No, You Don’t Get Over It

The most difficult question to ask 131022-F-NW635-999

Soul-Fully Beautiful recently shared an excellent statement via their Facebook page. To summarize, it points out that people who aren’t emotional abuse survivors don’t understand fighting daily mental battles with someone no longer in your life. All types of abuse, physical, emotional and verbal, leave residual affects that you simply can’t just get over.

Children of veterans with emotional and mental issues, as well as other family members directly impacted, often feel as though they’re fighting a battle. That battle occurs when the effects of long-standing emotional abuse rear their ugly heads.

This become more of a problem as my biological father descended deeper into the bottle and cut himself off from those uninvolved with his pub-focused life. Fighting a daily mental battle where you wonder where to even begin should the issue of confronting their abuse come up isn’t something I’d wish on my worst enemy.

When the emotional abuser isn’t alive anymore or you otherwise aren’t in contact, your troubles don’t automatically end. Sometimes, the very techniques you need to use to cope with the abuse make you into someone you’d rather not be – those who think you can simply “get over it” most likely haven’t walked that difficult road.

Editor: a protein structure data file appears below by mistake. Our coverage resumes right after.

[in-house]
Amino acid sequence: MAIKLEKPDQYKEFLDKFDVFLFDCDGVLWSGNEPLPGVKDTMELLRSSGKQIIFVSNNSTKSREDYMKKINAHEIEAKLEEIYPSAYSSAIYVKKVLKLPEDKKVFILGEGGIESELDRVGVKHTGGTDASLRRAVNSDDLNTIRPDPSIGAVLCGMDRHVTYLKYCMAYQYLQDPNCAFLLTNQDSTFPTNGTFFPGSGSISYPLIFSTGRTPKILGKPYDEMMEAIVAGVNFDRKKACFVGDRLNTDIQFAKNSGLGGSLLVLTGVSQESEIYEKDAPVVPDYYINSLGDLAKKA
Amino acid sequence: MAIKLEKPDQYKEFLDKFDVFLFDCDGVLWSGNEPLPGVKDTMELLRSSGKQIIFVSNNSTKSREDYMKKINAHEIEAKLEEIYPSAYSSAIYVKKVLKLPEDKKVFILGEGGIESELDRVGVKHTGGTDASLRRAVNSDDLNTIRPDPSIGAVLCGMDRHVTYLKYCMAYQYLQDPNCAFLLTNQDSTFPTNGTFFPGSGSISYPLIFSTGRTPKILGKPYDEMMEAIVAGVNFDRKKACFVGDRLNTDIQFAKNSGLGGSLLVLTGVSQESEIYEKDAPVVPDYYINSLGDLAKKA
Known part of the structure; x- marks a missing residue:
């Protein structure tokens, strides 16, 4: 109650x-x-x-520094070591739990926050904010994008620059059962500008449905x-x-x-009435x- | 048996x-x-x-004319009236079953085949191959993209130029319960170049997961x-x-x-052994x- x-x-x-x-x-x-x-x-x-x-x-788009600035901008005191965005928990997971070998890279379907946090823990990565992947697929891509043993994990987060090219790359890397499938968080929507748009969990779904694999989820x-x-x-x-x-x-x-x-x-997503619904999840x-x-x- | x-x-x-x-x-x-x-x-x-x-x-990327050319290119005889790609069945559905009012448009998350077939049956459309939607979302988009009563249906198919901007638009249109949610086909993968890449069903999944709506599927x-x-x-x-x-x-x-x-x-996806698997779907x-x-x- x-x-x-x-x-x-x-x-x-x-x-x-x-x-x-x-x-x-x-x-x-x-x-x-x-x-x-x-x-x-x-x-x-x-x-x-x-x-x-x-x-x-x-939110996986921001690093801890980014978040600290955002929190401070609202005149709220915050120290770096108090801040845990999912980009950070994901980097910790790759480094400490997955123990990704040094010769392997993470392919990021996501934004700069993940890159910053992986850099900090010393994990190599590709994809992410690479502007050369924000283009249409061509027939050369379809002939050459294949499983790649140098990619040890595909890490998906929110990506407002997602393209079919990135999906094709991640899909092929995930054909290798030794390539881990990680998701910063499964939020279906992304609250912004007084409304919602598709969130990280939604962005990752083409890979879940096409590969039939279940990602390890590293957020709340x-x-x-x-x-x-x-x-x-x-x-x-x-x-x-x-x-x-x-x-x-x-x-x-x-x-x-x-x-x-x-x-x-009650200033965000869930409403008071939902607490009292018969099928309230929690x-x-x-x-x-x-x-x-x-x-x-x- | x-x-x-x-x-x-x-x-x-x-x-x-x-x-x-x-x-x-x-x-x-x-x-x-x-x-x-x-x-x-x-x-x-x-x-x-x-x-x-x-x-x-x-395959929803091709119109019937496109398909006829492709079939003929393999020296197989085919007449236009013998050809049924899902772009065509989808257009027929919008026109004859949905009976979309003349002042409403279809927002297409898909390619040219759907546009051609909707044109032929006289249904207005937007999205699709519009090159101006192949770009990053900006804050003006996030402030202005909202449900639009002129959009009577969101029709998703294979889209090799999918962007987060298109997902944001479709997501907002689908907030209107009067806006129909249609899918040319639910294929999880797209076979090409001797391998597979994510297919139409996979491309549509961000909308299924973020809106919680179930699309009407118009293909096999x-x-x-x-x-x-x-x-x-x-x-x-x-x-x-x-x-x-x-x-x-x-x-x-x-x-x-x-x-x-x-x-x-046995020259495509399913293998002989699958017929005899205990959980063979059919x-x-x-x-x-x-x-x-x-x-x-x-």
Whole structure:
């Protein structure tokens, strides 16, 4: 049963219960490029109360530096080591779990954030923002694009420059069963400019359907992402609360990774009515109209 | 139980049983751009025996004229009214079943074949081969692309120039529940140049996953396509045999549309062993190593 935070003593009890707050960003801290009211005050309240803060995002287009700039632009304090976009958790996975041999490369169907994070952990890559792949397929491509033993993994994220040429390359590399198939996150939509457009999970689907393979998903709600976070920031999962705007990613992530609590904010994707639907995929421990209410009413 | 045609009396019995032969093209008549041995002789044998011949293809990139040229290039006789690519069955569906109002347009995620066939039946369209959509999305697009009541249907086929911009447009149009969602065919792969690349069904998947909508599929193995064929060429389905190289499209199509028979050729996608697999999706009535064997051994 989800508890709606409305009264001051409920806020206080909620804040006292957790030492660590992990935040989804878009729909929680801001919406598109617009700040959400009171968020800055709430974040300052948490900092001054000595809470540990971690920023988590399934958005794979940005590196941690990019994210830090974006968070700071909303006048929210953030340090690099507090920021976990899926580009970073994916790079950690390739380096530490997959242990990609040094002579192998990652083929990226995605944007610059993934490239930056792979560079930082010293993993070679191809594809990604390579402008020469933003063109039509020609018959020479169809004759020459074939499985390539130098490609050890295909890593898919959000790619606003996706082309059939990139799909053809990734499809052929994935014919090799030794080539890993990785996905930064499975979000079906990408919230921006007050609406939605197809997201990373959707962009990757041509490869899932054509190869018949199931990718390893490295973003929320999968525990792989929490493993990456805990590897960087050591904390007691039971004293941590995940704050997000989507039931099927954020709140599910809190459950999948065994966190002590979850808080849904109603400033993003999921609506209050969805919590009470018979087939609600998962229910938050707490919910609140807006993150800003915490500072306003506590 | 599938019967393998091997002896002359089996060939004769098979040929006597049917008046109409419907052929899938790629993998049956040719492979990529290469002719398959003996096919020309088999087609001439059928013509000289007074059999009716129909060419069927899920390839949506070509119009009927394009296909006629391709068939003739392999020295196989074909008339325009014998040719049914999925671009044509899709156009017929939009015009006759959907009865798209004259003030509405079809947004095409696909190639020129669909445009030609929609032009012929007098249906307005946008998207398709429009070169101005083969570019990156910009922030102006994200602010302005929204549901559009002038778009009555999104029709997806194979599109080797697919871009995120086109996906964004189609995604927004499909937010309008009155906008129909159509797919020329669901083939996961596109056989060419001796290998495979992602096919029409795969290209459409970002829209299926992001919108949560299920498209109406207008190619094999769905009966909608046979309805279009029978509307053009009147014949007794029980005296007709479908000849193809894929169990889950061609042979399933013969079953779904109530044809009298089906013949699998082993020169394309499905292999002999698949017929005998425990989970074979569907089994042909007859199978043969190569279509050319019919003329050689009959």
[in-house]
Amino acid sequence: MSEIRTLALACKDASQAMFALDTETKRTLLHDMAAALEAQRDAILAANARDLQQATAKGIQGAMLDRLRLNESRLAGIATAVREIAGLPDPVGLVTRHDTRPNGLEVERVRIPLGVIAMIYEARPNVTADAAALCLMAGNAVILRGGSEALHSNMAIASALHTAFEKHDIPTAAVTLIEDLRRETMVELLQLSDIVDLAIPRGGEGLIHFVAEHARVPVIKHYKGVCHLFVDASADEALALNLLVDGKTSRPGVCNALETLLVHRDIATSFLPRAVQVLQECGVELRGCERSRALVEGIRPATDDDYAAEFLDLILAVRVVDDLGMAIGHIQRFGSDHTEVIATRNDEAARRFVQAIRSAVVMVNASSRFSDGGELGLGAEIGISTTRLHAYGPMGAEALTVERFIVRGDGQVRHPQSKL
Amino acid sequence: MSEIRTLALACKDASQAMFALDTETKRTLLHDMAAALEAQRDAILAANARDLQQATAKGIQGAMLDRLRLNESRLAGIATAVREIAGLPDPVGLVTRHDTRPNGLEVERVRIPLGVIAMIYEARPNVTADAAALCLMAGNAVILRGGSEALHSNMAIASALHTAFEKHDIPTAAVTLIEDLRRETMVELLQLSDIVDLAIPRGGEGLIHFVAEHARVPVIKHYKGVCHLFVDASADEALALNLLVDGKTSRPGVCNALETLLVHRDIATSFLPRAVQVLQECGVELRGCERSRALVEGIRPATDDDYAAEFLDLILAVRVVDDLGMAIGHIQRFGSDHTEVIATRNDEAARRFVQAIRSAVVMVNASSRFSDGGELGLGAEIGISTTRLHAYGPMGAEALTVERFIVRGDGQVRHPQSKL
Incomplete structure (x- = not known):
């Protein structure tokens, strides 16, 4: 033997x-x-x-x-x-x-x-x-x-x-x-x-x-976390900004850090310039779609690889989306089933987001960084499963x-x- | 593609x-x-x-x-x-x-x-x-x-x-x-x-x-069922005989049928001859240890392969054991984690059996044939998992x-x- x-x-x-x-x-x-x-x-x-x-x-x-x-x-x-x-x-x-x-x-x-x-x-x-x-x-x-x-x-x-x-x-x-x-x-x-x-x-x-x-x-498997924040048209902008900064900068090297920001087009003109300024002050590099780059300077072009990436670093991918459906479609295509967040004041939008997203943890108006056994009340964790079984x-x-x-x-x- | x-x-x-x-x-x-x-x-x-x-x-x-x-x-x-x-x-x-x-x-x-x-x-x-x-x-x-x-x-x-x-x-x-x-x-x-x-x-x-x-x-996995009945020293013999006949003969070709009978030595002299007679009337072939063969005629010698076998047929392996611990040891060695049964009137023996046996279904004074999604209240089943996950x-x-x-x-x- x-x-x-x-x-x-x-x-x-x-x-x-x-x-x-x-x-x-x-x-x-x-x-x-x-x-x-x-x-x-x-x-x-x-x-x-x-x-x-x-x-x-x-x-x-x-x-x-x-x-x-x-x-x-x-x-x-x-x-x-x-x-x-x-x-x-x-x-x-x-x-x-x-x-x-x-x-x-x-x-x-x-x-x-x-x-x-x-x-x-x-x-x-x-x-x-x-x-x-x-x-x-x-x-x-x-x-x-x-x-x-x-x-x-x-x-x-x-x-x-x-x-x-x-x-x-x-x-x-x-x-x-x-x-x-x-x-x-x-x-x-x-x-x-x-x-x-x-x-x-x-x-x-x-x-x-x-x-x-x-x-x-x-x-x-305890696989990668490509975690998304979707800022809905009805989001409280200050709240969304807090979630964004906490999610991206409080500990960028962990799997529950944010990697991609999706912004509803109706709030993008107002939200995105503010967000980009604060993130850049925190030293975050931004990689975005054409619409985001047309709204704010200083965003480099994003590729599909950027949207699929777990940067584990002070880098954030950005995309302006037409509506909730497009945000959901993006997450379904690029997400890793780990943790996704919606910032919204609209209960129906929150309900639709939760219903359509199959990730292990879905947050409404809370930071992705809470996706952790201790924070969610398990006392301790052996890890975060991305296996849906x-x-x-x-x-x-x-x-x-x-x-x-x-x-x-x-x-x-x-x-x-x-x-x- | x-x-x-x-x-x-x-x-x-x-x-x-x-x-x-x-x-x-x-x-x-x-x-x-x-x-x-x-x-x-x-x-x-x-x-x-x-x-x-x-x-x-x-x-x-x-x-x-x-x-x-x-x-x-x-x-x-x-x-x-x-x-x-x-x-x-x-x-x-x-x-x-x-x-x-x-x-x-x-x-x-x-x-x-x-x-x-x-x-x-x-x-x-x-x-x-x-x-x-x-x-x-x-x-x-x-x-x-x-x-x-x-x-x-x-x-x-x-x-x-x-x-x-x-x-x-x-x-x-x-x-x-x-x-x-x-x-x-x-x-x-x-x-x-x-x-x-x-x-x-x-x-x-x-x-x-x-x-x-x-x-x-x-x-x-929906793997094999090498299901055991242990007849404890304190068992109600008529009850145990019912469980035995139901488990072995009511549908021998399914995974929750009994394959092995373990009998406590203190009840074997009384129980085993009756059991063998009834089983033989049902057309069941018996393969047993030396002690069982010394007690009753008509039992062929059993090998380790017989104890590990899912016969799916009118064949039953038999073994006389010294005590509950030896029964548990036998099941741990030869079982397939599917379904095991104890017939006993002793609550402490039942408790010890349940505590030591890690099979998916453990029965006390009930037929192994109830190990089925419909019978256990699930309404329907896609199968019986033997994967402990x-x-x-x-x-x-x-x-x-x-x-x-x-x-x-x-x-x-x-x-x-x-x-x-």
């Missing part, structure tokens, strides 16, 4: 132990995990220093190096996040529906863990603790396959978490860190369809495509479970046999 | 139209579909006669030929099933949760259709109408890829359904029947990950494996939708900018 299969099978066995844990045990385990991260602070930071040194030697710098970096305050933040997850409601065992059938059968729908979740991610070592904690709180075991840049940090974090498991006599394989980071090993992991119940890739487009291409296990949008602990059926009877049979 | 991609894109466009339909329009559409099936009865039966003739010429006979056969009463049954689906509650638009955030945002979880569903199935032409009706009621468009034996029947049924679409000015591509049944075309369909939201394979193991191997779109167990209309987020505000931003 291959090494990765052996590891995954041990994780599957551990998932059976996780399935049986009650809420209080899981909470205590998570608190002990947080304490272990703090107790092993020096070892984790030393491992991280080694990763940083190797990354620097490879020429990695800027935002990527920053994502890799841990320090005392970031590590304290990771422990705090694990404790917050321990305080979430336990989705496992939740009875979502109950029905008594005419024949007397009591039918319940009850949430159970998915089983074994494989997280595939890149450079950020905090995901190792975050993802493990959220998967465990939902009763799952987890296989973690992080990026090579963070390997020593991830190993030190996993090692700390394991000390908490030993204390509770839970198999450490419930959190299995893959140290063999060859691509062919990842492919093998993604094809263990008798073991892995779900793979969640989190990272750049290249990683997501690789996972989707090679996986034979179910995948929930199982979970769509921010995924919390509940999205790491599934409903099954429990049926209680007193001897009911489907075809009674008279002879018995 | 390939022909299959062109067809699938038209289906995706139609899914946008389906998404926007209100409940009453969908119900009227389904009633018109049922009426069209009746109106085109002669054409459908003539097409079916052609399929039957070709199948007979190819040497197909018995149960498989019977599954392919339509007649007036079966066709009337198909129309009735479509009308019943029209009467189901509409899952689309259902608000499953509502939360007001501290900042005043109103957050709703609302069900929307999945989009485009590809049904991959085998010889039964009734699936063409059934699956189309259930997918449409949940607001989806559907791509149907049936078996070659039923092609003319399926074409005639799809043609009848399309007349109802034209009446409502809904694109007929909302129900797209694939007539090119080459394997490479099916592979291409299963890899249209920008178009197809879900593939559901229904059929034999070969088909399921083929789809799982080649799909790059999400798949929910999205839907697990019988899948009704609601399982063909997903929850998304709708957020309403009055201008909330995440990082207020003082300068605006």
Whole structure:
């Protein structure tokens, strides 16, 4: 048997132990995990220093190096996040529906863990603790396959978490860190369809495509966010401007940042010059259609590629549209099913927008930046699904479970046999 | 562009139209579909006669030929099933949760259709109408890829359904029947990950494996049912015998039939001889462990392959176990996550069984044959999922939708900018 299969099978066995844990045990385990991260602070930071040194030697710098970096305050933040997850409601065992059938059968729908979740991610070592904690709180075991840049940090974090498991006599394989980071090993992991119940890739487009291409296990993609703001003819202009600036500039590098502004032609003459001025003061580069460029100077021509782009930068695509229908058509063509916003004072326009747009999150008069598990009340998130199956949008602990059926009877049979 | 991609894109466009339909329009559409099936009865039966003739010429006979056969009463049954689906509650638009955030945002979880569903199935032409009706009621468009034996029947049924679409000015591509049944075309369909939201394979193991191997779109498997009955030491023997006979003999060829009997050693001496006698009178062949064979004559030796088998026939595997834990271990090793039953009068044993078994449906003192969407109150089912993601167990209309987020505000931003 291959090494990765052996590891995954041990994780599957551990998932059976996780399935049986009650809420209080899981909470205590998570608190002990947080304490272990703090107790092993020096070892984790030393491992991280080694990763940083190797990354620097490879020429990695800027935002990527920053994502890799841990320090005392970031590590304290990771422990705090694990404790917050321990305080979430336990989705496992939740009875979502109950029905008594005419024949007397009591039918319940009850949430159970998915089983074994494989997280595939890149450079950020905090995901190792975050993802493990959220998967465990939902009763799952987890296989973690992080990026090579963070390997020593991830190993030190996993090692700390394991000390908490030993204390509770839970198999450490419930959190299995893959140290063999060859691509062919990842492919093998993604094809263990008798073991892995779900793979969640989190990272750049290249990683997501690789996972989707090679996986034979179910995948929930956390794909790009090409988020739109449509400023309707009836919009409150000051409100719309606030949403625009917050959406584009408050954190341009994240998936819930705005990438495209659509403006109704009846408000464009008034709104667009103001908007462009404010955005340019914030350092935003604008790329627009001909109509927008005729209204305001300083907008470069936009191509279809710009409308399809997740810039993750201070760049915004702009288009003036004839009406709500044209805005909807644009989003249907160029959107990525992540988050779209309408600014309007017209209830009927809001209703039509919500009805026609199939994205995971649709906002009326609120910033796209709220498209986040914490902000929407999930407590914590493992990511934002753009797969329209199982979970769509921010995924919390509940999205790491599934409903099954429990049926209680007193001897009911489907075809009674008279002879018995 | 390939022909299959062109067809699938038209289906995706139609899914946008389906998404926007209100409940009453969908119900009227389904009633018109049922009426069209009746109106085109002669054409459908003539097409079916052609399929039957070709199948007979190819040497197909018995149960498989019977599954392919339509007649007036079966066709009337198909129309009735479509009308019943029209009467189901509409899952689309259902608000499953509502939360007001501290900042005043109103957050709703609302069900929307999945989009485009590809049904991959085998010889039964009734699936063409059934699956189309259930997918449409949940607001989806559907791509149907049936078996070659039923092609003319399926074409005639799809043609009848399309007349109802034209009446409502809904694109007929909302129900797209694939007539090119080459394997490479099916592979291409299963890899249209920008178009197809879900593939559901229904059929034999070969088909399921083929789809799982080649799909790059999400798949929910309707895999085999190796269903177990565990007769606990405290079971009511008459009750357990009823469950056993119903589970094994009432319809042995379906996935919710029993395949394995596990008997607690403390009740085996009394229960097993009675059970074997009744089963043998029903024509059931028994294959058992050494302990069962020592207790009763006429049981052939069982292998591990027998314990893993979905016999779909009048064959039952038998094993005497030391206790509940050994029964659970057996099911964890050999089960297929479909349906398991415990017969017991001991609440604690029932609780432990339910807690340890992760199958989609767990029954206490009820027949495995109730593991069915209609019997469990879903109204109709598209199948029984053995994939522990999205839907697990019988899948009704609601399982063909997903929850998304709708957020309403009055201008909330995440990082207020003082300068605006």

In one way, it was good that I wasn’t forced to confront my dad at the end of his life. In my last call to him, I was able to let him know I forgave him.

The hardest part wasn’t that final phone call, as much as I expected it to be. It was knowing that there were things left unsaid on my part and knowing that certain family members I thought understood how bad the relationship was were utterly clueless.

Going through emotional abuse does alter your reality, though you never intended it. Here are some of the things you’ve probably dealt with:

  • Feeling kind of lackluster about things that otherwise interest you
  • Having to be on guard against things that might set off your abuser
  • Thinking that you’re somehow deficient
  • Feeling too anxious, not trusting yourself to take charge of your own future
  • Having emotional difficulties spill over into relationships

No two people will have the same path to recovery – some can manage well with the help of a great support system, others may require at least a little therapy. Regaining trust in yourself and a better sense of your own worth is one of the most crucial steps, as well as knowing when you need to give yourself some healing space.

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